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Atmospheric Chemistry

Metals from space debris found in stratosphere

Researchers reason where metals from spent spacecraft go as they burn up in the atmosphere

by Payal Dhar, special to C&EN
October 25, 2023 | A version of this story appeared in Volume 101, Issue 36


Image of the sky, taken at night. Some trees are visible at the lower edge of the image, with stars and several illuminated streaks from meteors running from the upper right down the image, moving slightly to the left across the image.
Credit: Shutterstock
As space debris enter the Earth's atmosphere, metals that are virtually absent from meteors such as the Perseids, shown here in August of 2016, vaporize and become part of aerosols.

When space debris reenters the atmosphere, the heat generated from friction causes most of it to vaporize. Recently, scientists have found that the vaporized metals condense as they descend, ending up in aerosol particles in the stratosphere. (Proc. Natl. Acad. Sci. U.S.A. 2023, DOI: 10.1073/pnas.2313374120).

This discovery is part of the Stratospheric Aerosol processes, Budget and Radiative Effects (SABRE) mission. During a series of flights in February and March 2023 the researchers sampled the stratosphere at altitudes up to 19 km. The researchers detected almost two dozen elements that come from meteors, volcanoes, and vaporized spacecraft.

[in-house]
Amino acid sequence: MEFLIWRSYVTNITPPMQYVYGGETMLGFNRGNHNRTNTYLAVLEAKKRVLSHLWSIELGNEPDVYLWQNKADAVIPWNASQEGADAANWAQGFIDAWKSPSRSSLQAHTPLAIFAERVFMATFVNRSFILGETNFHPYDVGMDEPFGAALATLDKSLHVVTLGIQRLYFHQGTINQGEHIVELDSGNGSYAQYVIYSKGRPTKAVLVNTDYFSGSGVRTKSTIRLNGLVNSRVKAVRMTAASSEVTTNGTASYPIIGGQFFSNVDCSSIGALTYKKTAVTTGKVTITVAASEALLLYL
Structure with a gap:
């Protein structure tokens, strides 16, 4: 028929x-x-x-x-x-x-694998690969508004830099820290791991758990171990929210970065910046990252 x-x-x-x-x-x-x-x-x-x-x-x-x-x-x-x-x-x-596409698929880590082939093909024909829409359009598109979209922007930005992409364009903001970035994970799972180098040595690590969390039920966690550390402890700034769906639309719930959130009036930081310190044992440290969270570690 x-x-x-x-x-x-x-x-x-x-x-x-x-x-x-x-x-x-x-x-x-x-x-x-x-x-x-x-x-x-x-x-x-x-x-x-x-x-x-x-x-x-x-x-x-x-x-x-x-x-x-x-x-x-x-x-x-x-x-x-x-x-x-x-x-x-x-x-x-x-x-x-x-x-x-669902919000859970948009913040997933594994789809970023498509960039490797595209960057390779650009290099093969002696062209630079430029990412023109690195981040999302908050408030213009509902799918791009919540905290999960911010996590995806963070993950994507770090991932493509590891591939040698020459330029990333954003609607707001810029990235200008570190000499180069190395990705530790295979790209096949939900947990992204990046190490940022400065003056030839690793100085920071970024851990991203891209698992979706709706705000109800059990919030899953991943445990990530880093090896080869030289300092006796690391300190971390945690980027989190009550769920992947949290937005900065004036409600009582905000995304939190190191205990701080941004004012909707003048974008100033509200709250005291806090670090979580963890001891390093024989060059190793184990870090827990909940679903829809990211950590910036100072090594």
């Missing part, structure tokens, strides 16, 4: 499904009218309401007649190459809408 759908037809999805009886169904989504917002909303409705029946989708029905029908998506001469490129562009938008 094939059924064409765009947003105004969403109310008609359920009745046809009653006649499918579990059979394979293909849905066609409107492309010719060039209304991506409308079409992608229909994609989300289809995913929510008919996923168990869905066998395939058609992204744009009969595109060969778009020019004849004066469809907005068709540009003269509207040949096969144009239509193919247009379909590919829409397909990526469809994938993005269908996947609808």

Meteors are considered the main sources of sodium, magnesium, chromium, iron, and nickel, but the researchers also found aluminum, copper, lead, and lithium that could not be accounted for by natural causes. “What we measured is consistent with what we know about what spacecraft are made of,” says Daniel Murphy, an aerosols researcher and one of the study authors. The team found exotic metals, like niobium, silver, lithium, and copper, that are virtually absent in meteors, but can be accounted for by space debris.


No larger impacts on the stratosphere have been observed yet. But with space launches set to skyrocket, debris has the potential to change the chemistry going on within the stratosphere, Murphy says. “We don’t really know what the effects are going to be. For me, that’s uncomfortable.”

Murphy and his team are looking to make more measurements in different parts of the Earth’s atmosphere, including over the tropics and southern hemisphere. They hope to provide data that would help other scientists study the potential of changes in stratospheric chemistry, and what the long-term effects may be.


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